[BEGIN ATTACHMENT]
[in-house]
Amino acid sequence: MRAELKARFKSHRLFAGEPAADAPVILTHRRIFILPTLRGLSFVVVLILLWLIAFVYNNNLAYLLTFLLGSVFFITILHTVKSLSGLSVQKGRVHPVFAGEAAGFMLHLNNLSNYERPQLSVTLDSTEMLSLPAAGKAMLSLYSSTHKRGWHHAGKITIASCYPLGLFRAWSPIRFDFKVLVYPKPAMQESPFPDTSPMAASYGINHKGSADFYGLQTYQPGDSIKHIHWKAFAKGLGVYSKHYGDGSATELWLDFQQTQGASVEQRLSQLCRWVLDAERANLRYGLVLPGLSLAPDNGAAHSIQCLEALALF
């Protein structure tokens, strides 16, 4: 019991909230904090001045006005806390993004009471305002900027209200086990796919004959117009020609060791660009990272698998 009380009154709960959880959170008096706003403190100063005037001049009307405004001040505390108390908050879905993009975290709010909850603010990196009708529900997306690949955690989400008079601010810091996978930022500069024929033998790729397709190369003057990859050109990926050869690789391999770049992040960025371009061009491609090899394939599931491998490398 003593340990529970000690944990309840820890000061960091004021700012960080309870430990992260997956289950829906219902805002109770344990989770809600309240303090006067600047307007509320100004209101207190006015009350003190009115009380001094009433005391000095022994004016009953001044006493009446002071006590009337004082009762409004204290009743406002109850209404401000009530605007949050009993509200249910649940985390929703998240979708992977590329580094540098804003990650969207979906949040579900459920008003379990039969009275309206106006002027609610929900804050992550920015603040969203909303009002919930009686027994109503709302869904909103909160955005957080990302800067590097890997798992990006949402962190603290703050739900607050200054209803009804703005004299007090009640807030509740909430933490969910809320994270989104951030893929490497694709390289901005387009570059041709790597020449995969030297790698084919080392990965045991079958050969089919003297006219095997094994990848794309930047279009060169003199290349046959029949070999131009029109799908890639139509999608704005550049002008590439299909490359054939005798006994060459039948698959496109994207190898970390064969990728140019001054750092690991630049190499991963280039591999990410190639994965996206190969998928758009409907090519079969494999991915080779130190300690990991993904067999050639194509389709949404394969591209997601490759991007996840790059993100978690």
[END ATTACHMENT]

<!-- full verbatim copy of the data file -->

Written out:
[in-house]
Amino acid sequence: MRAELKARFKSHRLFAGEPAADAPVILTHRRIFILPTLRGLSFVVVLILLWLIAFVYNNNLAYLLTFLLGSVFFITILHTVKSLSGLSVQKGRVHPVFAGEAAGFMLHLNNLSNYERPQLSVTLDSTEMLSLPAAGKAMLSLYSSTHKRGWHHAGKITIASCYPLGLFRAWSPIRFDFKVLVYPKPAMQESPFPDTSPMAASYGINHKGSADFYGLQTYQPGDSIKHIHWKAFAKGLGVYSKHYGDGSATELWLDFQQTQGASVEQRLSQLCRWVLDAERANLRYGLVLPGLSLAPDNGAAHSIQCLEALALF
């Protein structure tokens, strides 16, 4: 019991909230904090001045006005806390993004009471305002900027209200086990796919004959117009020609060791660009990272698998 009380009154709960959880959170008096706003403190100063005037001049009307405004001040505390108390908050879905993009975290709010909850603010990196009708529900997306690949955690989400008079601010810091996978930022500069024929033998790729397709190369003057990859050109990926050869690789391999770049992040960025371009061009491609090899394939599931491998490398 003593340990529970000690944990309840820890000061960091004021700012960080309870430990992260997956289950829906219902805002109770344990989770809600309240303090006067600047307007509320100004209101207190006015009350003190009115009380001094009433005391000095022994004016009953001044006493009446002071006590009337004082009762409004204290009743406002109850209404401000009530605007949050009993509200249910649940985390929703998240979708992977590329580094540098804003990650969207979906949040579900459920008003379990039969009275309206106006002027609610929900804050992550920015603040969203909303009002919930009686027994109503709302869904909103909160955005957080990302800067590097890997798992990006949402962190603290703050739900607050200054209803009804703005004299007090009640807030509740909430933490969910809320994270989104951030893929490497694709390289901005387009570059041709790597020449995969030297790698084919080392990965045991079958050969089919003297006219095997094994990848794309930047279009060169003199290349046959029949070999131009029109799908890639139509999608704005550049002008590439299909490359054939005798006994060459039948698959496109994207190898970390064969990728140019001054750092690991630049190499991963280039591999990410190639994965996206190969998928758009409907090519079969494999991915080779130190300690990991993904067999050639194509389709949404394969591209997601490759991007996840790059993100978690």